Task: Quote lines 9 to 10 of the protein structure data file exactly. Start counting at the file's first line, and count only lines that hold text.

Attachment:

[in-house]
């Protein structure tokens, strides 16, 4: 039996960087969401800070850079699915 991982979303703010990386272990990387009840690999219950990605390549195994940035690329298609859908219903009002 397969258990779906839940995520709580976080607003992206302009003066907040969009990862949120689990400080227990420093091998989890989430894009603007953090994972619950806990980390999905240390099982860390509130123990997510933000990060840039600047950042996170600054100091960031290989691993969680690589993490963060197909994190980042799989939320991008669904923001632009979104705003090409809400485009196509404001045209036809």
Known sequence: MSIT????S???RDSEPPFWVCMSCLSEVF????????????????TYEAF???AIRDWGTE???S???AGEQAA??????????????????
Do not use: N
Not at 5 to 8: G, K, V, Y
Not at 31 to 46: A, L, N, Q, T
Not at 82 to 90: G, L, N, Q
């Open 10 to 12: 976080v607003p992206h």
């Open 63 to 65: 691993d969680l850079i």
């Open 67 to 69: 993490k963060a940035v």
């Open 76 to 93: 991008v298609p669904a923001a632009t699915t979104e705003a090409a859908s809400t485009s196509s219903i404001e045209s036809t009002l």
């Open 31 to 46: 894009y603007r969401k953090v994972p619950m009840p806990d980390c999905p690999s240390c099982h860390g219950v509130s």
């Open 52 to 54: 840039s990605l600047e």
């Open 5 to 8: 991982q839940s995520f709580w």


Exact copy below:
């Open 63 to 65: 691993d969680l850079i």
């Open 67 to 69: 993490k963060a940035v």